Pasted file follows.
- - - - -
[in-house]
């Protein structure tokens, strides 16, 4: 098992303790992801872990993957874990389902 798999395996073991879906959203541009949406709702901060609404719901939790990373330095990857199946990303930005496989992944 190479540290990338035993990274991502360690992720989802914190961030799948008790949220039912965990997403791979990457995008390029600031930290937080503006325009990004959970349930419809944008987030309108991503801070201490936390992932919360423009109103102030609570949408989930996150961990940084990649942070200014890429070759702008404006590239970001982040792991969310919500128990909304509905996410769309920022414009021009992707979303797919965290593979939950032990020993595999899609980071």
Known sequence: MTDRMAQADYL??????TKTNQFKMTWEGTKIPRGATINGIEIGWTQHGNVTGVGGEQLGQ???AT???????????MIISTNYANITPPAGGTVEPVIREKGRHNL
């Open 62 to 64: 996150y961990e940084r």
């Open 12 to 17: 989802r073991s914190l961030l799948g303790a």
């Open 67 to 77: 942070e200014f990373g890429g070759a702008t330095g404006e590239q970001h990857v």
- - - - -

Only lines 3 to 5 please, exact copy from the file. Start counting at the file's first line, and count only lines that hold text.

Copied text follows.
Known sequence: MTDRMAQADYL??????TKTNQFKMTWEGTKIPRGATINGIEIGWTQHGNVTGVGGEQLGQ???AT???????????MIISTNYANITPPAGGTVEPVIREKGRHNL
């Open 62 to 64: 996150y961990e940084r």
């Open 12 to 17: 989802r073991s914190l961030l799948g303790a």